If there is advance consent as described above prior to the provision of non-emergency services, the limits on balance billing the patients would not apply. Aside from the consent requirement, disclosure requirements apply. Absent the required consent and disclosure, the bill would be considered a ‘Surprise Bill’ and subject to the limits on the ability to balance bill.
C. New Jersey Transparency Requirements
The transparency provisions of the New Jersey state law apply to all carriers operating in New Jersey with regards to health benefits plans that are issued in New Jersey. Carriers are required to:
- Maintain up-to-date website postings of network providers;
- Provide clear and detailed information regarding how voluntary out-of-network services are covered for plans that feature out-of-network coverage;
- Provide examples of out-of-network costs;
- Provide treatment-specific information as to estimated costs when requested by a covered person; and
- Maintain a telephone hotline to address questions.
A. Federal Arbitration Process
Under the No Surprises Act, insurers and providers have 30 days to negotiate payment disputes. If negotiations fail, either party may, within four days, request independent dispute resolution.
The arbitration process will be administered by independent dispute resolution entities subject to conflict-of-interest standards. The federal government will establish the independent dispute resolution process, including a list of entities available to take cases.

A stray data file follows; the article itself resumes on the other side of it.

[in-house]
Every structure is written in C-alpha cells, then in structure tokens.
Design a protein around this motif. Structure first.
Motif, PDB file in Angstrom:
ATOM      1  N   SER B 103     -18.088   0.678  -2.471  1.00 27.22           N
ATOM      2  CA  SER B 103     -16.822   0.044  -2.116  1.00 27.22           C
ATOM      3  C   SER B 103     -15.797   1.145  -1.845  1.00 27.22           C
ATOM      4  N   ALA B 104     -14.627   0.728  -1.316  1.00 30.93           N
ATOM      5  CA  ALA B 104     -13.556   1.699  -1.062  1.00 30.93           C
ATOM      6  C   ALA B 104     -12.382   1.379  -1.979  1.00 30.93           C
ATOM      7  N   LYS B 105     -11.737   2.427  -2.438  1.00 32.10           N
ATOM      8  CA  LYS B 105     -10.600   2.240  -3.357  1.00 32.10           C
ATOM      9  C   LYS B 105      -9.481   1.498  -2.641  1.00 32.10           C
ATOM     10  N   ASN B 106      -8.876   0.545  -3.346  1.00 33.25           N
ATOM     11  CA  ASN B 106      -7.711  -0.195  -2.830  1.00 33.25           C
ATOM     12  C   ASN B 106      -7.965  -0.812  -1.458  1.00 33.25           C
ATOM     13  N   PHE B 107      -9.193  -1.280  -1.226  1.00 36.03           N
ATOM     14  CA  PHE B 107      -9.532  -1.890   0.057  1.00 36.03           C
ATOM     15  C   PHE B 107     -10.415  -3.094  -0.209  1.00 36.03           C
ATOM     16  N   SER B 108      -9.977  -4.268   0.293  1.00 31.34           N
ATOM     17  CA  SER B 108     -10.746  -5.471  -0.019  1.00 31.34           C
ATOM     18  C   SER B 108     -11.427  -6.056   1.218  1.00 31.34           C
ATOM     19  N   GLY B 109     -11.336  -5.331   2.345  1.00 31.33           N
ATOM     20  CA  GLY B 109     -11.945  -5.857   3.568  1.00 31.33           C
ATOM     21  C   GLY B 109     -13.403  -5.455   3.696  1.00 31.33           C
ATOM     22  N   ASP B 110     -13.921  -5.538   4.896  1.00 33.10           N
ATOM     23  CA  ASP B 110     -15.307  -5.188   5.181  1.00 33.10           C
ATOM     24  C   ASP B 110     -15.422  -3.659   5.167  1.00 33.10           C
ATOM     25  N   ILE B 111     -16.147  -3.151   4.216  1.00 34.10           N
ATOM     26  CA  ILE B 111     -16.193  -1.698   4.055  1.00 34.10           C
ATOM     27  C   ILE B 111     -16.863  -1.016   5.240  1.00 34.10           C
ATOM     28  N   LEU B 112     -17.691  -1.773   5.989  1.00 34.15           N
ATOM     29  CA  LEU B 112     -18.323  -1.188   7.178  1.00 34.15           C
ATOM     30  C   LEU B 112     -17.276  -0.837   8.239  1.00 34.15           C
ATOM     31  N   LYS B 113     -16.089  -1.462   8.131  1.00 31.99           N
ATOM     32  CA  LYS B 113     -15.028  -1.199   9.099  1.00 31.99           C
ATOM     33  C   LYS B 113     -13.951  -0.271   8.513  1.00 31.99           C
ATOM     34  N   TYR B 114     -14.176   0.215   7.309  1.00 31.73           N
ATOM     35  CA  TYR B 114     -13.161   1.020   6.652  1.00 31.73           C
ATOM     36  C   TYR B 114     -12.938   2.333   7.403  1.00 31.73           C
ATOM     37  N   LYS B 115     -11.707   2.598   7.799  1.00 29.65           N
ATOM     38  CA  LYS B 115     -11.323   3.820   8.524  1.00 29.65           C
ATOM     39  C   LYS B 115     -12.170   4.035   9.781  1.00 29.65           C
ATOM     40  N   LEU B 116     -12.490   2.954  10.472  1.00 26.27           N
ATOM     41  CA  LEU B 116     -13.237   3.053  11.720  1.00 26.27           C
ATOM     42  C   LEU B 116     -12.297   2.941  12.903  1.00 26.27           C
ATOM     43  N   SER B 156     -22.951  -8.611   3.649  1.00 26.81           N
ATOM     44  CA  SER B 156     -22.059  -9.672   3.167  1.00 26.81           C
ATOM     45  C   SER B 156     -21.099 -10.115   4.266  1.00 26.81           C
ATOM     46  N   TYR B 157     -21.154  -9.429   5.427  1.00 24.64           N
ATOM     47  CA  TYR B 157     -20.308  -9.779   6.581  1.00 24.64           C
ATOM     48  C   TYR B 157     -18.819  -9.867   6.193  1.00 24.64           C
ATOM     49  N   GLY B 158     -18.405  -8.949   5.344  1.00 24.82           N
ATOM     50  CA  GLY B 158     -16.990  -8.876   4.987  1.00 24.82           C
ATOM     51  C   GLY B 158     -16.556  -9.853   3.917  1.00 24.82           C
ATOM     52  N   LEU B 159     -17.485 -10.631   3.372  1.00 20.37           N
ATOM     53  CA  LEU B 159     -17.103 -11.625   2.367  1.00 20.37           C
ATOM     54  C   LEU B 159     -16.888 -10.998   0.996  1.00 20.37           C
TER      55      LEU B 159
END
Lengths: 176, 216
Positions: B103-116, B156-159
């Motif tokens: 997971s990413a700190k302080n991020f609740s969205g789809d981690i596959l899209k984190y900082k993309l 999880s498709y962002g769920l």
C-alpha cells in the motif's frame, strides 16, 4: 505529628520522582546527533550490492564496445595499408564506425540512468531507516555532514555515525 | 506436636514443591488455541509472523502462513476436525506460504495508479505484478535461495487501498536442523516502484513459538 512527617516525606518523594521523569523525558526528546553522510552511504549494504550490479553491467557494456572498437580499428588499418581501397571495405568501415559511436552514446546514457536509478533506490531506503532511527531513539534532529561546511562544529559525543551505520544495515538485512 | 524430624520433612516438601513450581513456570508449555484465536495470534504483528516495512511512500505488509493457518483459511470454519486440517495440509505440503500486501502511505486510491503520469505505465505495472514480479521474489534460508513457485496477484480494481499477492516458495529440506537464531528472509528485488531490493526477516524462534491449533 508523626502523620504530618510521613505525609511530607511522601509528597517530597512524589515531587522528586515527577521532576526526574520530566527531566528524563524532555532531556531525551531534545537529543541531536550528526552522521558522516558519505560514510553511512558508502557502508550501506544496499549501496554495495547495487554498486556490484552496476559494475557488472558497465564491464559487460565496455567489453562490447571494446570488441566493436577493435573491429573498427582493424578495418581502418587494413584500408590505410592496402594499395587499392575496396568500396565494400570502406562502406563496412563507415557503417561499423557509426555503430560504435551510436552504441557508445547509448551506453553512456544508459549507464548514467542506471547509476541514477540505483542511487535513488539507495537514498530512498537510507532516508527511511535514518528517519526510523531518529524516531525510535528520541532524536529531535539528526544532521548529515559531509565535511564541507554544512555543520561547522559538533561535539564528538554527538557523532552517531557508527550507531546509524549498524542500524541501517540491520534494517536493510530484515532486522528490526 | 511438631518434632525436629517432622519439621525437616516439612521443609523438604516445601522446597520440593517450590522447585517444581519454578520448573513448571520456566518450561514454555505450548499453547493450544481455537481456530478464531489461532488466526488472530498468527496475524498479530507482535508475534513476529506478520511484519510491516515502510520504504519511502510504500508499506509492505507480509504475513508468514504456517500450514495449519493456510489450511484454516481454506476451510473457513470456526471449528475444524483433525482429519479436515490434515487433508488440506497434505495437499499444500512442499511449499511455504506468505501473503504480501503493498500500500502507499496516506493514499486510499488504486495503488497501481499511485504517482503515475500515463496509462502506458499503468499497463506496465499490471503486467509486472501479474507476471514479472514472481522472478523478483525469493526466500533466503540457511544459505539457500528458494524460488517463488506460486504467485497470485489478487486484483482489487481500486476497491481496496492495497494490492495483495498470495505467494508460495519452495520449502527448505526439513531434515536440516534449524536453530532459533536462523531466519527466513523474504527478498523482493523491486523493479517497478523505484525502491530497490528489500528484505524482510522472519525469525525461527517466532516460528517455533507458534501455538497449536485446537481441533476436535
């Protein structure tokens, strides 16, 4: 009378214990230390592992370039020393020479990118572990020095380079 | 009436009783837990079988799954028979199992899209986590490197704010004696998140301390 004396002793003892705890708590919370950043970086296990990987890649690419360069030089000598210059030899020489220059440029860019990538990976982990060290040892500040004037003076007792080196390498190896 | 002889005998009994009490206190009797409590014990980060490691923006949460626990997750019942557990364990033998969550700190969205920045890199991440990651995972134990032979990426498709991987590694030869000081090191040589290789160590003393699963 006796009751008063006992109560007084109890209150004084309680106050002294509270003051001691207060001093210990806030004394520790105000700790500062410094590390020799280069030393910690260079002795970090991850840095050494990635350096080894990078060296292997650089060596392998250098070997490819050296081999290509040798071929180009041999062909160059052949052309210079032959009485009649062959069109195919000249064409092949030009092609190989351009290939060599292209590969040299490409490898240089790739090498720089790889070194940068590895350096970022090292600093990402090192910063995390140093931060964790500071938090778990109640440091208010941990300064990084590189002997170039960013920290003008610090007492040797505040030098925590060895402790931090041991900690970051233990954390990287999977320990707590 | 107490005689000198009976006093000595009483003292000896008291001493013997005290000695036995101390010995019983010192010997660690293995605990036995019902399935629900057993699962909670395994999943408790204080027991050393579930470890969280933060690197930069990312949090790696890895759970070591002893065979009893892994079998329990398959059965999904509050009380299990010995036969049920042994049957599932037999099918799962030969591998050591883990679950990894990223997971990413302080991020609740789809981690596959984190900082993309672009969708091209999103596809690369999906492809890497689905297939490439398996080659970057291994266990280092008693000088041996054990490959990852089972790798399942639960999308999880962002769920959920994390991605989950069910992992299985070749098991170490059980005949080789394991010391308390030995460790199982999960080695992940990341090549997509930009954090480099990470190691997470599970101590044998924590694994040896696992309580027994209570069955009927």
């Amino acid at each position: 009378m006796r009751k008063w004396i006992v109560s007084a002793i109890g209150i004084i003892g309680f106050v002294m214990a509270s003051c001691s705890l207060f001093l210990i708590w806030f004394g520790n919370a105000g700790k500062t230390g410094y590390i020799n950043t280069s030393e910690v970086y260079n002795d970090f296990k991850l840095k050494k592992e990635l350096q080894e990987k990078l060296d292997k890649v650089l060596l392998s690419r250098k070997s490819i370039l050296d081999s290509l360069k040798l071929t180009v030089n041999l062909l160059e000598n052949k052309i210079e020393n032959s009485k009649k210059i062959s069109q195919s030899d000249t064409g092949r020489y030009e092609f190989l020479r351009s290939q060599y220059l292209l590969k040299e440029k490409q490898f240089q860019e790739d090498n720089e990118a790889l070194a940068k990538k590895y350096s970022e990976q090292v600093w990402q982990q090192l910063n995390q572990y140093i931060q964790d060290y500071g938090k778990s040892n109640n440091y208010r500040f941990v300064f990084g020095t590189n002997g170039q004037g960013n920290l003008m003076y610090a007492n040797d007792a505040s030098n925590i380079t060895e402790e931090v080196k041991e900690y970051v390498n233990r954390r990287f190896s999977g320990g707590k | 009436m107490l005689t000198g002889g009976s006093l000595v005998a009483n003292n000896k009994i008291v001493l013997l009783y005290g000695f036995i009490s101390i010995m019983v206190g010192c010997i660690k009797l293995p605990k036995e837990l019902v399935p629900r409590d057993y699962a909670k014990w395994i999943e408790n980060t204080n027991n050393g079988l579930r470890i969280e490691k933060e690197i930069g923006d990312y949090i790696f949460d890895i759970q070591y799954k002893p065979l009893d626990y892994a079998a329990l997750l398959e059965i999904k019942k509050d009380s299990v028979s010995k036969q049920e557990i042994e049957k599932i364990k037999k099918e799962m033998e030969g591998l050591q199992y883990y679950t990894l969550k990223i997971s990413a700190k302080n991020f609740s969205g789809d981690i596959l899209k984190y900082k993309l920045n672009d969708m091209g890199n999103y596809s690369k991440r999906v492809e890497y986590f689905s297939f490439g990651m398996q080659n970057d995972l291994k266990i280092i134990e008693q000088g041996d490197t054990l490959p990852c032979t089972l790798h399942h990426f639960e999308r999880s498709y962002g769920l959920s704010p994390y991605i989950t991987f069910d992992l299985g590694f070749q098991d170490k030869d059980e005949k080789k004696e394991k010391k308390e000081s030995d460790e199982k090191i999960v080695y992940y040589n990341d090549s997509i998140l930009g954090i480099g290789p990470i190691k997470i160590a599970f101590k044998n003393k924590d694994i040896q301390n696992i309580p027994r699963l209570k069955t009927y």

Like the New Jersey law, the No Surprises Act adopts “baseball-style” arbitration rules: each party offers a payment amount, and the arbitrator selects one amount or the other with no ability to split the difference. The decision is then binding on the parties, although the parties can continue to negotiate or settle. Multiple cases involving the same provider, payer, treatment of the same or similar medical condition, that have occurred within a single 30-day period can be combined in a single arbitration proceeding.
The losing party will be responsible for paying the administrative costs of arbitration.
Arbitrators can consider a range of factors, including any relevant factors raised by the parties, but not the provider’s usual and customary charge or the billed charge. Optional factors that an arbitrator can consider include the level of training or experience of the provider or facility; the quality and outcomes measurements of the provider or facility; market share held by the out-of-network healthcare provider or facility, or by the plan or issuer in the geographic region in which the item or service was provided; patient acuity and complexity of services provided; teaching status, case mix, and scope of services of the facility; any good faith effort—or lack thereof—to join the insurer’s network; and any prior contracted rates over the previous four years. Arbitrators would also be able to consider the median in-network rate paid by the insurer.
B. New Jersey Arbitration Process
New Jersey has contracted with MAXIMUS, Inc. to administer its Out-of-Network Arbitration System. Like the New York law, New Jersey’s law is limited to fully insured payer contracts. However, self-funded plans may be subject to the claims processing and arbitration provisions and be subject to the same arbitration process as carriers in the insured markets.